Scientists have uncovered clusters of volcanic vents towering above the seafloor in a region of deep-sea off the coast of Mexico. The so-called “black smoker” vents lie about 7,400 meters (7,900 feet) deep with chimneys reaching 23 meters (75 feet). These magma-powered hydrothermal vents are essentially fissures and cracks in the ocean floor that allow seawater to reach deep, superheated rocks, producing scalding jets of chemical-laden water.
Researchers from Monterey Bay Research Institute (MBARI) discovered these vent fields in late April, at the tail end of a three-month expedition to the Gulf of California that separates mainland Mexico from the Baja Peninsula. The vents lie near the tip of the peninsula along the Alarcón Rise, a seafloor spreading center, where tectonic forces are shoving magma up toward the seafloor along a volcanic steam, birthing fresh ocean crust and pushing two oceanic plates apart.
These maps show the location of the Alarcón Rise, a 50-kilometer-long (31-mile-long) spreading center at the mouth of the Gulf of California. Along ocean spreading ridges like the Alarcón Rise, the seafloor is splitting apart as lava wells up from underneath. (Credit: MBARI)
The team took samples of the animals living near the vents: tube worms that can grow to more than 5 feet (1.5 meters) long, clams up to 10 inches (25 centimeters) across, and other weird creatures that survive on the vents’ volcano-powered chemical soup. The researchers also measured temperatures as high as 300 degrees Celsius (572 degrees Fahrenheit), although there are indications the vent fluids could be hotter than 350 C (660 F).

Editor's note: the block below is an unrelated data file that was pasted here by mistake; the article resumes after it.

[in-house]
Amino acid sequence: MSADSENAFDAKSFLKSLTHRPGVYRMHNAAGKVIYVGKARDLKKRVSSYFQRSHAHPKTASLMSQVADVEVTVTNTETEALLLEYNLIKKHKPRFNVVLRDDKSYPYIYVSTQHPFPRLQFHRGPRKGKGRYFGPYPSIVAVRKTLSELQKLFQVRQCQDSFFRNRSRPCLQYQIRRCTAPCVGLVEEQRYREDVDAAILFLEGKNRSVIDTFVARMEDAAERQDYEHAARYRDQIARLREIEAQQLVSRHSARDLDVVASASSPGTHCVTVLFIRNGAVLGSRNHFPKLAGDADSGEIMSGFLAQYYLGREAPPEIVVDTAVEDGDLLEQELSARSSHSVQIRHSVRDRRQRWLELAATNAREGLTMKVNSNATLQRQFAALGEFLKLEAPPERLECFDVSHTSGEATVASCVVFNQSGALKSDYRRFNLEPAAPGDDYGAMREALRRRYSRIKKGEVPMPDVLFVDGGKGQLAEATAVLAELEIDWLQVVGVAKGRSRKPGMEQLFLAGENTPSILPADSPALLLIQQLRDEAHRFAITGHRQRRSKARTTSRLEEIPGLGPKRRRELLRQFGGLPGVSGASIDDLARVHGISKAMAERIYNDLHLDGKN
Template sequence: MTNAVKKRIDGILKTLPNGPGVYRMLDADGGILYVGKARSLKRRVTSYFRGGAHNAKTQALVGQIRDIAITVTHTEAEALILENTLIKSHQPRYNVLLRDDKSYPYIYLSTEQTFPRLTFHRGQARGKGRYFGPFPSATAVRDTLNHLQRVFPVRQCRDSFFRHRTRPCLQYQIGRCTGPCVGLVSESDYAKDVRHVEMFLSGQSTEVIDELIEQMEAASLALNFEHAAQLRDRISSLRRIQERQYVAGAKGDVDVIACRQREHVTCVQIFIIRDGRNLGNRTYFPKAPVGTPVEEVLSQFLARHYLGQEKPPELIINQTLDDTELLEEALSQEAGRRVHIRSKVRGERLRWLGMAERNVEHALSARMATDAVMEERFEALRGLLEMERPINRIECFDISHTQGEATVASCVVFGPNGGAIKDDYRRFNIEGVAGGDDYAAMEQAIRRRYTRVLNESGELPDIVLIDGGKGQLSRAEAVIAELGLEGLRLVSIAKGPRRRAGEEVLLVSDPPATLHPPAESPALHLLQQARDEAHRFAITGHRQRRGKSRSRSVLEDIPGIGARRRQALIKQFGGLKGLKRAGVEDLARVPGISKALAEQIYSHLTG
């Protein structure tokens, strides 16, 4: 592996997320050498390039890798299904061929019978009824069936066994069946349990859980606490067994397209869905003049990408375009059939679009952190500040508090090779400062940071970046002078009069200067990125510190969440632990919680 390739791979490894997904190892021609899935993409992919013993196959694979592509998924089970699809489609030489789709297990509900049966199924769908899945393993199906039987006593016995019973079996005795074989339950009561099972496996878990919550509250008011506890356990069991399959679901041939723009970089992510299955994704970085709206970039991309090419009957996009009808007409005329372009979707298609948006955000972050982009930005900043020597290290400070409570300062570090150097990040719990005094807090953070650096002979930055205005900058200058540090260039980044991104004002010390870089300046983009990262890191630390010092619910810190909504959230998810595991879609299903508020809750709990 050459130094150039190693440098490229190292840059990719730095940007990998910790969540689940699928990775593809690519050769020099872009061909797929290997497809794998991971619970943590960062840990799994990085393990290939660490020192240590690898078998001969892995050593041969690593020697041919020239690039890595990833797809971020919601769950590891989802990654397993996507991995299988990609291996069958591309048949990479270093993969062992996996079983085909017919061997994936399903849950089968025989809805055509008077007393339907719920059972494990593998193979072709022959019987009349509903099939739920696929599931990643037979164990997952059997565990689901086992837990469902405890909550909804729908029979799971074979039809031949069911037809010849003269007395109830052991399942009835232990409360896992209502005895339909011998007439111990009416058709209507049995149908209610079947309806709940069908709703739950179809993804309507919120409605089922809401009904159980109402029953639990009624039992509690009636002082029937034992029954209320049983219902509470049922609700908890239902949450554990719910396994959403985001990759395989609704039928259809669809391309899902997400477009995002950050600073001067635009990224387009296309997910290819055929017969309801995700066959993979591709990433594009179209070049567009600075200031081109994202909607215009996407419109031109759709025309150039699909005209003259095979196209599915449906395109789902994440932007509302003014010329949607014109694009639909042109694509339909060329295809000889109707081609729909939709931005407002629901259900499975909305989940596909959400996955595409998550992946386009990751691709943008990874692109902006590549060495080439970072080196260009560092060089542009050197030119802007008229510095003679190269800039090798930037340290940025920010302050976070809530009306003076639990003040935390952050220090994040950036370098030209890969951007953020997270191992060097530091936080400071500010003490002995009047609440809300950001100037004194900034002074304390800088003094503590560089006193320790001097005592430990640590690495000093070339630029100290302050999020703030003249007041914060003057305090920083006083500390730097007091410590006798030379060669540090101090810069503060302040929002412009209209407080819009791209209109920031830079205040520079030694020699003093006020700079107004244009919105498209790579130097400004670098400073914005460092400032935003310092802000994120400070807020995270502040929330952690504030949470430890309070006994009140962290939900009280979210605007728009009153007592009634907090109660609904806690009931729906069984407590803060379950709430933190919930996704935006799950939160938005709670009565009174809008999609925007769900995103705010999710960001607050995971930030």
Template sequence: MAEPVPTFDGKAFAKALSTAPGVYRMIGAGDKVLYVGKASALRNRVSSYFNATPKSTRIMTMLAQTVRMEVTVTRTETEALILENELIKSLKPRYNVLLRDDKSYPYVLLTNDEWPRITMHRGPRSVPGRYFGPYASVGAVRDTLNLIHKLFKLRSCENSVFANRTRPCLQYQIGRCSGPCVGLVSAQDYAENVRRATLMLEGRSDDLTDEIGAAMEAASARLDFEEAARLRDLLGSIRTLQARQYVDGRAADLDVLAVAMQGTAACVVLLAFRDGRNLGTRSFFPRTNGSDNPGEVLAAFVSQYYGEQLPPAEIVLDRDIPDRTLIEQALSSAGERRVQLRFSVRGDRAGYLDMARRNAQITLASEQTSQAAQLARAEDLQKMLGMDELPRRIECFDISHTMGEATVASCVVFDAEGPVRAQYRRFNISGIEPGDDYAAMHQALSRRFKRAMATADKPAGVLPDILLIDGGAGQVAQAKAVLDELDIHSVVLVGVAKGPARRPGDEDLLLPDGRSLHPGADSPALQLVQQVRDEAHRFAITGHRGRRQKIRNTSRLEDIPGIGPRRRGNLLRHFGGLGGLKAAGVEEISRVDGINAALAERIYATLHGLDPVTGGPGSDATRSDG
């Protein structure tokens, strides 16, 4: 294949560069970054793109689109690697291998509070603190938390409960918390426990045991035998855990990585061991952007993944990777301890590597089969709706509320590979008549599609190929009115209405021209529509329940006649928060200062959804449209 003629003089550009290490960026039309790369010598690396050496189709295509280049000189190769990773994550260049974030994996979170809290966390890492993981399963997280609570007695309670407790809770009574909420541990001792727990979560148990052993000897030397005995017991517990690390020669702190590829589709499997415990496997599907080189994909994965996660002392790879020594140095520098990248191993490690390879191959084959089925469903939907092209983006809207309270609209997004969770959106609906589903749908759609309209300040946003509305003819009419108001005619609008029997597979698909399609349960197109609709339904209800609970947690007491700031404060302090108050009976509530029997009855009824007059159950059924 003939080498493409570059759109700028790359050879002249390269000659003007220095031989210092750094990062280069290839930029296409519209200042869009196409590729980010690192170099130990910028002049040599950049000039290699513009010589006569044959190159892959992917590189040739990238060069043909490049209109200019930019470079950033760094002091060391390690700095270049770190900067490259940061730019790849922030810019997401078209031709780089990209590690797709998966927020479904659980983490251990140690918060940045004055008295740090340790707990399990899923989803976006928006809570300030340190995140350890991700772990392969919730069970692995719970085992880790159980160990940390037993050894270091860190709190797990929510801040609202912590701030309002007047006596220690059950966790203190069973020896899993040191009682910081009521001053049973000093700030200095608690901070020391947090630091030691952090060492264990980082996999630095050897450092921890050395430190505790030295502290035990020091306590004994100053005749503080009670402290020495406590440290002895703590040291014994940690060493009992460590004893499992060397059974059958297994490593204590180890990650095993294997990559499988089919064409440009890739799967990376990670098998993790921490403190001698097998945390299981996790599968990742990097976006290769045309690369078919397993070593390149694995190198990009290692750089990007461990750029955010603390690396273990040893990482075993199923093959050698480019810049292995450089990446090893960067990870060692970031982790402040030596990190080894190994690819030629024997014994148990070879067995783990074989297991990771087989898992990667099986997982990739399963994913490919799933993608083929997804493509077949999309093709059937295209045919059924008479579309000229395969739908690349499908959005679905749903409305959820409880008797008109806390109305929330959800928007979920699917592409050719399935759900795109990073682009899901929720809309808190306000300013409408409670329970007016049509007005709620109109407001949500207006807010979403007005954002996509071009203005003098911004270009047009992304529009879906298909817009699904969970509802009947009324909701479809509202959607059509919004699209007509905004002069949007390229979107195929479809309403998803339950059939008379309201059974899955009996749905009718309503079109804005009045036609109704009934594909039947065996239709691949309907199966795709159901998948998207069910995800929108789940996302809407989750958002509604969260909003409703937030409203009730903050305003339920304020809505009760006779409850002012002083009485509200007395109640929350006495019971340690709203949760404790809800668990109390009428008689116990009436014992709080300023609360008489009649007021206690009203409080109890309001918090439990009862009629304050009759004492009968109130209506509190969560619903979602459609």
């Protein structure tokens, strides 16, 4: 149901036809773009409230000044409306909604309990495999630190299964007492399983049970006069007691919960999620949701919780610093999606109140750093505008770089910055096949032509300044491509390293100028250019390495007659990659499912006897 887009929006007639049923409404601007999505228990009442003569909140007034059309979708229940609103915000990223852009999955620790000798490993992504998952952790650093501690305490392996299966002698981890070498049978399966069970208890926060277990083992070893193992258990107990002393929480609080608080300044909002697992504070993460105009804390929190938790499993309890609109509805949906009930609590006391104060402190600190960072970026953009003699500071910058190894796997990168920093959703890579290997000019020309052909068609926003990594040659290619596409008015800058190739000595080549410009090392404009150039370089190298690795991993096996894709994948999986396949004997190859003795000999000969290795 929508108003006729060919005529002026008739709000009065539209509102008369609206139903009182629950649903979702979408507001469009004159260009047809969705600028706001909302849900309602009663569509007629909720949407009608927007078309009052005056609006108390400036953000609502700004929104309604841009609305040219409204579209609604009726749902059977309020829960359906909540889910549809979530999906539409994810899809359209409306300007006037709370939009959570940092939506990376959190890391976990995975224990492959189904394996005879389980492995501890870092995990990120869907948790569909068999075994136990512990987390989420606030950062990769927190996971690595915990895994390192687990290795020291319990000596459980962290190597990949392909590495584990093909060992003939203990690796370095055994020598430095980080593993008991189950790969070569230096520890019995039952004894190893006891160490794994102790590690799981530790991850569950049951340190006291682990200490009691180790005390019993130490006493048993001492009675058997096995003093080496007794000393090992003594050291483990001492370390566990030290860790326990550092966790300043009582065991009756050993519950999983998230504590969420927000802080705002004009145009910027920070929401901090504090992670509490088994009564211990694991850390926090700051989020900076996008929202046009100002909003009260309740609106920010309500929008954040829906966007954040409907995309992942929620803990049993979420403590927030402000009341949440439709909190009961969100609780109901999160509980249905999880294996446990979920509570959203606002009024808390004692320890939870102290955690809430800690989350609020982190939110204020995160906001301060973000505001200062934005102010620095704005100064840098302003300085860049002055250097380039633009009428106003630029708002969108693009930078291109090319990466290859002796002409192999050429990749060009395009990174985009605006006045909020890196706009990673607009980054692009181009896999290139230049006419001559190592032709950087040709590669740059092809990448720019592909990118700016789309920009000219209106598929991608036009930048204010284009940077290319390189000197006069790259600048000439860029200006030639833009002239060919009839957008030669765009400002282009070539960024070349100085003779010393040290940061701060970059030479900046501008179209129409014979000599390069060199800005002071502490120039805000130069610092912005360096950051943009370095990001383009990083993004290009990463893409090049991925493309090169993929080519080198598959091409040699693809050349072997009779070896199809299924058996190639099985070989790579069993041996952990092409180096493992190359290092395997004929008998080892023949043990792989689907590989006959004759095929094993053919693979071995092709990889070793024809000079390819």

These photos show a diverse community of organisms that inhabit the newly discovered hydrothermal vent fields. These communities do not depend upon sunlight, or photosynthesis. Instead, bacteria use the chemical-rich vent water as a source of energy, a process known as chemosynthesis. These chemosynthetic bacteria then support dense populations of worms, snails, crabs, clams, and fish. (Credit: MBARI)
Hydrothermal vents transport heat and chemicals into the ocean, providing an energy source that supports a robust community of deep-sea organisms, many of which are not found in any other ocean ecosystem. Knowing where and with what frequency hydrothermal vents occur is valuable information for scientists seeking to deepen our understanding of the biology, chemistry, and geology of the seafloor. MBARI’s seafloor-mapping AUV is helping oceanographers spend less time looking for, and more time looking at, these fascinating deep-sea phenomena.
The new sonar mapping technique offers great promise for tracking down other hydrothermal vents on the seafloor, which increasingly appear to be more plentiful in the world’s oceans than once thought.
Sonar-made map showing the hydrothermal vents, marked by a yellow circle, that can be clearly seen rising above the seafloor. (Credit: MBARI)
Featured image: Hot (550°F), mineral-rich water spews from the seafloor in the hydrothermal vent field discovered on April 28, 2012. The mineral-rich water from this “black smoker” looks like smoke because of the mineral particles that form the hot vent fluid contacts cold seawater. A white bacterial mat is seen on the surface of the chimney below the black smoker. Bacteria use the chemicals in the water as a source of energy. (Credit: MBARI)